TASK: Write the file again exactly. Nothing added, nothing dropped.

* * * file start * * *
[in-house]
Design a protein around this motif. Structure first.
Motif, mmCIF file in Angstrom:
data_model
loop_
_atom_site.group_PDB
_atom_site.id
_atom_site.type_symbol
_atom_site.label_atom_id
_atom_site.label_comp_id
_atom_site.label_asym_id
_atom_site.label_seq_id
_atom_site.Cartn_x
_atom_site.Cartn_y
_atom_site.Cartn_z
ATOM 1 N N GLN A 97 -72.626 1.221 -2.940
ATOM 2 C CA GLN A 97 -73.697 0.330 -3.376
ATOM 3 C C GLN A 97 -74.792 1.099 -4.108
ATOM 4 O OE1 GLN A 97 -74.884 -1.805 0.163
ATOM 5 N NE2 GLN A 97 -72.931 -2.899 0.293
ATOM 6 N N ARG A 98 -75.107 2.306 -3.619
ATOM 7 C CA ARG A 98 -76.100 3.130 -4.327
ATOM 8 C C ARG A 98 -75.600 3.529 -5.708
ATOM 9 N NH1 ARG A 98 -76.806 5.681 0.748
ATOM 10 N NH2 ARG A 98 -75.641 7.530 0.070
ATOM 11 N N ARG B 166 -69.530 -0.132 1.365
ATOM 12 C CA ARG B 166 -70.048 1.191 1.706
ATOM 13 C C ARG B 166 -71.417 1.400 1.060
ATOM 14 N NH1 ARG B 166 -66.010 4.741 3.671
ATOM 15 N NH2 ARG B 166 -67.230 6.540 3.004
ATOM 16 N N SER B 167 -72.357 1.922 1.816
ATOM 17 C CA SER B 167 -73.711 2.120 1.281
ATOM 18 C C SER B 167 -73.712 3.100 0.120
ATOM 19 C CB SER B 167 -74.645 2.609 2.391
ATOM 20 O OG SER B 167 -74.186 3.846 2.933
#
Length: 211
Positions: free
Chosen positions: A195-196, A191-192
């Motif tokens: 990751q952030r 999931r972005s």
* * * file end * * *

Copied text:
[in-house]
Design a protein around this motif. Structure first.
Motif, mmCIF file in Angstrom:
data_model
loop_
_atom_site.group_PDB
_atom_site.id
_atom_site.type_symbol
_atom_site.label_atom_id
_atom_site.label_comp_id
_atom_site.label_asym_id
_atom_site.label_seq_id
_atom_site.Cartn_x
_atom_site.Cartn_y
_atom_site.Cartn_z
ATOM 1 N N GLN A 97 -72.626 1.221 -2.940
ATOM 2 C CA GLN A 97 -73.697 0.330 -3.376
ATOM 3 C C GLN A 97 -74.792 1.099 -4.108
ATOM 4 O OE1 GLN A 97 -74.884 -1.805 0.163
ATOM 5 N NE2 GLN A 97 -72.931 -2.899 0.293
ATOM 6 N N ARG A 98 -75.107 2.306 -3.619
ATOM 7 C CA ARG A 98 -76.100 3.130 -4.327
ATOM 8 C C ARG A 98 -75.600 3.529 -5.708
ATOM 9 N NH1 ARG A 98 -76.806 5.681 0.748
ATOM 10 N NH2 ARG A 98 -75.641 7.530 0.070
ATOM 11 N N ARG B 166 -69.530 -0.132 1.365
ATOM 12 C CA ARG B 166 -70.048 1.191 1.706
ATOM 13 C C ARG B 166 -71.417 1.400 1.060
ATOM 14 N NH1 ARG B 166 -66.010 4.741 3.671
ATOM 15 N NH2 ARG B 166 -67.230 6.540 3.004
ATOM 16 N N SER B 167 -72.357 1.922 1.816
ATOM 17 C CA SER B 167 -73.711 2.120 1.281
ATOM 18 C C SER B 167 -73.712 3.100 0.120
ATOM 19 C CB SER B 167 -74.645 2.609 2.391
ATOM 20 O OG SER B 167 -74.186 3.846 2.933
#
Length: 211
Positions: free
Chosen positions: A195-196, A191-192
């Motif tokens: 990751q952030r 999931r972005s």